Charles Bingley
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Quotes for
Charles Bingley (Character)
from Pride and Prejudice (1940)

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Pride & Prejudice (2005)
Mr. Bingley: [overheard by Charlotte and Elizabeth] But her sister Elizabeth is very agreeable.
Mr. Darcy: Barely tolerable, I dare say. But not handsome enough to tempt me. You'd better return to your partner and enjoy her smiles. You're wasting your time with me.
[the two men depart]
Charlotte Lucas: Count your blessings, Lizzy. If he liked you, you'd have to talk to him.
Elizabeth Bennet: Precisely. As it is I wouldn't dance with him for all of Darbyshire, let alone the miserable half.

Mr. Bingley: [to Jane, about to propose to her] First, I must tell you I've been the most unmitigated and comprehensive ass.

Mr. Bingley: [Flustered after visiting with the Bennett's had not gone as hoped] She was going to say "sit down", and...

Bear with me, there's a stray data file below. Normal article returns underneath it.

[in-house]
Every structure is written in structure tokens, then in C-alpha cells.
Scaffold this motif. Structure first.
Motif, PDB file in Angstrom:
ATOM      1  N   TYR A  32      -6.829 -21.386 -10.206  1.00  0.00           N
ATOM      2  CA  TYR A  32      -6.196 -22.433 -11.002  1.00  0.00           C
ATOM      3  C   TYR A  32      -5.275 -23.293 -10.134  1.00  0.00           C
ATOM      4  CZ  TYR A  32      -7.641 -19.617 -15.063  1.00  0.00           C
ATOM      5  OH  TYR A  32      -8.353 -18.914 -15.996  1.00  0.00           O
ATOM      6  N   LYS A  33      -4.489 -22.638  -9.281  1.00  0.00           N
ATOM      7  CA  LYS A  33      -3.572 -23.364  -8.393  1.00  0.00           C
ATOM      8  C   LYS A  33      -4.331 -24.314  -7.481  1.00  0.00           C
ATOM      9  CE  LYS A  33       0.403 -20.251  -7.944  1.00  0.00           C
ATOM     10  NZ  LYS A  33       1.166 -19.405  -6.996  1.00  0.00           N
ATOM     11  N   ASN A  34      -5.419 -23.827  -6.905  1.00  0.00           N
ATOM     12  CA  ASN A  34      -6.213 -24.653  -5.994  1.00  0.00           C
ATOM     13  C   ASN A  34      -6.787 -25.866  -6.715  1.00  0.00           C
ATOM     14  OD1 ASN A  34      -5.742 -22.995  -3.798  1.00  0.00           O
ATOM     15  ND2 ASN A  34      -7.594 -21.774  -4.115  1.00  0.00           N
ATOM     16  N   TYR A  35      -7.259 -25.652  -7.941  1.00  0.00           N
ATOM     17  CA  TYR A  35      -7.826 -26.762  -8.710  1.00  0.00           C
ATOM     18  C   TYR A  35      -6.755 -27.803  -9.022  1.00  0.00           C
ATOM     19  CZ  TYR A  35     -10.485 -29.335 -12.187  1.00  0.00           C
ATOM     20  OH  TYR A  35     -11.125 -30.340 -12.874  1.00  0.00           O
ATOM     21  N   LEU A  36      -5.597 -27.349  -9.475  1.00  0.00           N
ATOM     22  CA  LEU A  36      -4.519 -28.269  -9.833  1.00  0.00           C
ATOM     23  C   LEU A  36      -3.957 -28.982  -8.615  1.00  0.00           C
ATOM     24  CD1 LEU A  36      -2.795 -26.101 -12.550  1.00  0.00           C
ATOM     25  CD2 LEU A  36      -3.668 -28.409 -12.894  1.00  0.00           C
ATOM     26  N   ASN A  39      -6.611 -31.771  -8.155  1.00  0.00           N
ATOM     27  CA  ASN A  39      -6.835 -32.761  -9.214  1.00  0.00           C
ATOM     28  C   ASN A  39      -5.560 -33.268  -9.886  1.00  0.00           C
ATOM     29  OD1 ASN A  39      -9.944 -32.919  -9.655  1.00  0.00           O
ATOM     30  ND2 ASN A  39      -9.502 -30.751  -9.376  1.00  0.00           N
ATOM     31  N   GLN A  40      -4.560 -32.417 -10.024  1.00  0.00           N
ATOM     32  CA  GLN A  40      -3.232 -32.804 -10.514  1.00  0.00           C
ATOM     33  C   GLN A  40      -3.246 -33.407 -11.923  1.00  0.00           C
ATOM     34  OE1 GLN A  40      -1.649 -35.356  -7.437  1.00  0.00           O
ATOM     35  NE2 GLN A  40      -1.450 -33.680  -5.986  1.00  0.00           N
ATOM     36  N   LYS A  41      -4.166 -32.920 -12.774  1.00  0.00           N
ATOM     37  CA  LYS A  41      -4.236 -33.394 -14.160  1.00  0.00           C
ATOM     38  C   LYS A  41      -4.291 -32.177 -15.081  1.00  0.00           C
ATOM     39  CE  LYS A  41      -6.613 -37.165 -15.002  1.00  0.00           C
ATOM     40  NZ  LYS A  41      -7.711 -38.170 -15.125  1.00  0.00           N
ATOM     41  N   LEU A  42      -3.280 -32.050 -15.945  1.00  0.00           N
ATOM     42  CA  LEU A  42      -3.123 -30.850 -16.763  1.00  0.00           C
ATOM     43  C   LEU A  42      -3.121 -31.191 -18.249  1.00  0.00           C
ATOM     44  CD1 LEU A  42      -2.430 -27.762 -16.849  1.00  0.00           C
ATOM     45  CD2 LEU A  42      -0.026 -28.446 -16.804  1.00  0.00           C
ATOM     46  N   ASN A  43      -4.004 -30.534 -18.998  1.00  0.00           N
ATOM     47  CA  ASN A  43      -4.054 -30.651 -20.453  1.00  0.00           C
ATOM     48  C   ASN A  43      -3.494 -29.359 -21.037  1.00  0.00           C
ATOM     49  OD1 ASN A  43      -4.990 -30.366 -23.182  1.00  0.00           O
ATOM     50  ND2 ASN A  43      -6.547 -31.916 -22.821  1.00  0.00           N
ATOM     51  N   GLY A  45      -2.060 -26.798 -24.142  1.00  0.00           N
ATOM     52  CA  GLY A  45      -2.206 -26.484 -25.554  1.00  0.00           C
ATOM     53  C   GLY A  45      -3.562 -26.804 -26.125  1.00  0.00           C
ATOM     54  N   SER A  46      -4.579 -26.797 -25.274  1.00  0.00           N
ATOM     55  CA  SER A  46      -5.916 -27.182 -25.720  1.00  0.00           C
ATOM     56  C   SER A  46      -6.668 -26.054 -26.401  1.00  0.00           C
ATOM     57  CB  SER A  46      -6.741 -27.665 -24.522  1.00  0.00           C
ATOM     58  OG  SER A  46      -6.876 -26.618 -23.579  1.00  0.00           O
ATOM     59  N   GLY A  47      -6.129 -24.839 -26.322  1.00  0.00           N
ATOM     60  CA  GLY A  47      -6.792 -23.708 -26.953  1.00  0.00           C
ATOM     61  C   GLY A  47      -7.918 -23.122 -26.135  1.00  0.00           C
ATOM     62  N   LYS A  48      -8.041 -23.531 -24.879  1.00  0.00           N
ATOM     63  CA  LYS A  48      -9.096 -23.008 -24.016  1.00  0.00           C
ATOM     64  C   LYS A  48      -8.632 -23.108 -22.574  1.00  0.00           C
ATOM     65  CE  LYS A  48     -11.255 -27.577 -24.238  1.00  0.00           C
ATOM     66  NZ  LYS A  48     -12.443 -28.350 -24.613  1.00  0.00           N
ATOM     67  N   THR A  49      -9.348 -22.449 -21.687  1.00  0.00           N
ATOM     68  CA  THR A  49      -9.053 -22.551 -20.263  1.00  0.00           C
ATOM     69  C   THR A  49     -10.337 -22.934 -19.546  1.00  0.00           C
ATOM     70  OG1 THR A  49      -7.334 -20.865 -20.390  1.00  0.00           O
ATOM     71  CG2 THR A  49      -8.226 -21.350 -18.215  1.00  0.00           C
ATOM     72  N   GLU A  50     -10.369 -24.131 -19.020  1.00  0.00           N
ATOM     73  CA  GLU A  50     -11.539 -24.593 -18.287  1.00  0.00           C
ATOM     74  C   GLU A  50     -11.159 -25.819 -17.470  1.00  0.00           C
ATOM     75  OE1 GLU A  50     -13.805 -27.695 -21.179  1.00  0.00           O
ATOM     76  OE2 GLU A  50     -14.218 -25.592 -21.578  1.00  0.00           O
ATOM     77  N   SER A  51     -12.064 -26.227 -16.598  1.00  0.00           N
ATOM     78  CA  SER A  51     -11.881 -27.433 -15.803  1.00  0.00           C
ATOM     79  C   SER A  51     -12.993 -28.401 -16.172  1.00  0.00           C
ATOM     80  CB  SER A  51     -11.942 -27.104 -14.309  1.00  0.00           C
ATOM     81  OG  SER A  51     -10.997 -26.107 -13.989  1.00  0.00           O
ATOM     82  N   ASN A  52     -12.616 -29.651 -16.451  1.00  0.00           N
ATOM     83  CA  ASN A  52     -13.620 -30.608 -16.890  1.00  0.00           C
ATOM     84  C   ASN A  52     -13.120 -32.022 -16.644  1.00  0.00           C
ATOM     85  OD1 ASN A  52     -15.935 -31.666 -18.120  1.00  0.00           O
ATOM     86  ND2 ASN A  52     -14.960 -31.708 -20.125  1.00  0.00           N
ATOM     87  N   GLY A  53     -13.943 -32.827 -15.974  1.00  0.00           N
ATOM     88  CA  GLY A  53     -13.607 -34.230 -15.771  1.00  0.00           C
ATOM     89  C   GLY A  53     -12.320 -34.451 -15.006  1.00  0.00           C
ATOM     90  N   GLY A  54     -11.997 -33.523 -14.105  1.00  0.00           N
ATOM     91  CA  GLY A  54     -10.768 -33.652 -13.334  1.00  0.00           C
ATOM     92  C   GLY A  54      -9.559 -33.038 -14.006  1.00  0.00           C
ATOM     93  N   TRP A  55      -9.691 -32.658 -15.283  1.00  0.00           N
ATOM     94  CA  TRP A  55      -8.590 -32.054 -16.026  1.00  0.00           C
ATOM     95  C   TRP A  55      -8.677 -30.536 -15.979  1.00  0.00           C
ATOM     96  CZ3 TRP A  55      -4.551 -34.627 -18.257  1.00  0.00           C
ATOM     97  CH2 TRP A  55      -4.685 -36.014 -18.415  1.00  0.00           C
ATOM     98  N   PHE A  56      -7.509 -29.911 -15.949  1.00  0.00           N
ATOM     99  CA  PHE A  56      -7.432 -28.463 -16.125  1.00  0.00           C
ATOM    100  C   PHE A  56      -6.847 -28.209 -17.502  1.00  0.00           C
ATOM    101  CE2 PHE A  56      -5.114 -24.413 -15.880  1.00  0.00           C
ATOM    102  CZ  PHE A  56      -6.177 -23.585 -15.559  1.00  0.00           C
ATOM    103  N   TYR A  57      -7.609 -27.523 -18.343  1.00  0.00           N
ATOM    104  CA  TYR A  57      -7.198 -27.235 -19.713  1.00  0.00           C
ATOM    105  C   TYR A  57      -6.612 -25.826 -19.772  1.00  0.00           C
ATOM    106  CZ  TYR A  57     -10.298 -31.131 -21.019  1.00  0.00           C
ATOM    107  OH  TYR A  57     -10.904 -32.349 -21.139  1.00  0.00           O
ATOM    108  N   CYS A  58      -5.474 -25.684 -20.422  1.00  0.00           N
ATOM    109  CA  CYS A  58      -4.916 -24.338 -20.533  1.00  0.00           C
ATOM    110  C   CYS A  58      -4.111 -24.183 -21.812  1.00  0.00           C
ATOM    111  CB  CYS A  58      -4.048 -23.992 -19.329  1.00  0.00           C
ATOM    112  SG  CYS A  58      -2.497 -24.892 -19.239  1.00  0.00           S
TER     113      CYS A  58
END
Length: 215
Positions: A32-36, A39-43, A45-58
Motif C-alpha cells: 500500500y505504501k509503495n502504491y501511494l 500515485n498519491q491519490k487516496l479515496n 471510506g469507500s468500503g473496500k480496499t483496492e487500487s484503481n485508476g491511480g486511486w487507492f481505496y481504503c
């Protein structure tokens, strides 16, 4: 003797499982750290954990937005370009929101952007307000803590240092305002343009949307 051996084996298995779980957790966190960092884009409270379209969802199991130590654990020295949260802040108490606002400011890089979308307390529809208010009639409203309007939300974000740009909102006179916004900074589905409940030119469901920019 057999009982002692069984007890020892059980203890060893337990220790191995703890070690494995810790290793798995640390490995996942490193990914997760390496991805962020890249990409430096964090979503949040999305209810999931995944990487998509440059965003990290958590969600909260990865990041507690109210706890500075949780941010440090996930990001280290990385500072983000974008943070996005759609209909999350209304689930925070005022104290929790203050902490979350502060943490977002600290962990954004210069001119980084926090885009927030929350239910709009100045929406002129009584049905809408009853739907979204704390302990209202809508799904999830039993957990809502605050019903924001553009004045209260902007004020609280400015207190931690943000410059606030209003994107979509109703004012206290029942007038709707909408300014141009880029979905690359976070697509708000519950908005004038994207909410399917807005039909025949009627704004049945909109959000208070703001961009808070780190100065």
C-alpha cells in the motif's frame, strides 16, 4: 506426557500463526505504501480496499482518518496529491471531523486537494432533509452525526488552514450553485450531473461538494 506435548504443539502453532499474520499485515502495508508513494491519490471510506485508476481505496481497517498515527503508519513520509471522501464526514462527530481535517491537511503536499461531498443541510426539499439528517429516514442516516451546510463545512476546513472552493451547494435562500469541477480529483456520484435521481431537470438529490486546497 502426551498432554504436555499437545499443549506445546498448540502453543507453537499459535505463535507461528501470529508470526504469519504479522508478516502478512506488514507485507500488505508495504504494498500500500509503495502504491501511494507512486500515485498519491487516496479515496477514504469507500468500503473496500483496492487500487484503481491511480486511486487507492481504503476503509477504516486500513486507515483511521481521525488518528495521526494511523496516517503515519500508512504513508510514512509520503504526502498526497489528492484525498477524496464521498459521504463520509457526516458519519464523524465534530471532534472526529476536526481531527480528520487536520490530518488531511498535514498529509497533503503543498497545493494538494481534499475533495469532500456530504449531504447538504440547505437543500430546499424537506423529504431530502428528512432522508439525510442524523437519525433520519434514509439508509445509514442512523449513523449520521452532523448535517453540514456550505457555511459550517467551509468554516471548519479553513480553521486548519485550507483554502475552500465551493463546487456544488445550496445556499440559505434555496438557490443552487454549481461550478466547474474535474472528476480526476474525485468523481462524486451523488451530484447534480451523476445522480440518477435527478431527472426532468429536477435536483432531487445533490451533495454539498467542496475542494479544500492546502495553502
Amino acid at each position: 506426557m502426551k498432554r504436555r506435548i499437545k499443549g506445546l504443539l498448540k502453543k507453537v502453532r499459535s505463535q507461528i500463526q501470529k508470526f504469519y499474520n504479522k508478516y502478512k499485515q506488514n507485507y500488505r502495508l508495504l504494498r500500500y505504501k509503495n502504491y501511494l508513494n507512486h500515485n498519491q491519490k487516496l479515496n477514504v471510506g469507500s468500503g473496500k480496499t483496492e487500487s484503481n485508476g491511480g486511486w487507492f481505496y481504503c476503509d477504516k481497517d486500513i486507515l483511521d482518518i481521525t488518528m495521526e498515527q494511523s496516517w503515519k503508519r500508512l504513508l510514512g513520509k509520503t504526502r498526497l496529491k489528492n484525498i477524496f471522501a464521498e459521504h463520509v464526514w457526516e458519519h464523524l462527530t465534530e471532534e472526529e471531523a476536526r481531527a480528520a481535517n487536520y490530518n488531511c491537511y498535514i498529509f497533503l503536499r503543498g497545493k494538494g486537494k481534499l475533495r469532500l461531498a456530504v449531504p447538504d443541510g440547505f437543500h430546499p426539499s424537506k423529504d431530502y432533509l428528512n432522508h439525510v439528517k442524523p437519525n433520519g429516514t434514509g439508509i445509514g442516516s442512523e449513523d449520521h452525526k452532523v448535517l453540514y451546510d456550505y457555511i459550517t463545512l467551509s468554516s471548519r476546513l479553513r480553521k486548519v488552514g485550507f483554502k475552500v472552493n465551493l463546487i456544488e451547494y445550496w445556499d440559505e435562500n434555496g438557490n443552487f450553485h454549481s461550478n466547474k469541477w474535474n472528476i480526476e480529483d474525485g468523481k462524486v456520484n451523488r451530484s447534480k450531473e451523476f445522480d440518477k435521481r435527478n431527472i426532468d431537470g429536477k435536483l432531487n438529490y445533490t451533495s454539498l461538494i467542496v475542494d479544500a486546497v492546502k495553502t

Mr. Bingley: [Practicing proposing, with Mr. Darcy as Jane] Miss Bennett.
Mr. Darcy: [Bows] Mr. Bingley.

Mr. Bingley: This is a disaster isn't it!

Sir William Lucas: Mr. Bingley, my eldest daughter you know. Mrs. Bennet, Miss Jane Bennet, Elizabeth, and Miss Mary Bennet.
Mrs. Bennet: It is a pleasure. I have two others, but they are already dancing.
Mr. Bingley: I'm delighted to make your acquaintance.
Sir William Lucas: And may I introduce Mr. Darcy of Pemberley and Derbyshire.

Jane Bennet: How do you like it here in Hertfordshire, Mr. Bingley?
Mr. Bingley: Very much.
Elizabeth Bennet: The library at Netherfield, I've heard, is one of the finest in the country.
Mr. Bingley: Yes, fills me with guilt. Not a very good reader, you see. Prefer being out of doors. Oh, I mean I can read, of course. And I'm not suggesting you can't read out of doors, of course. Um...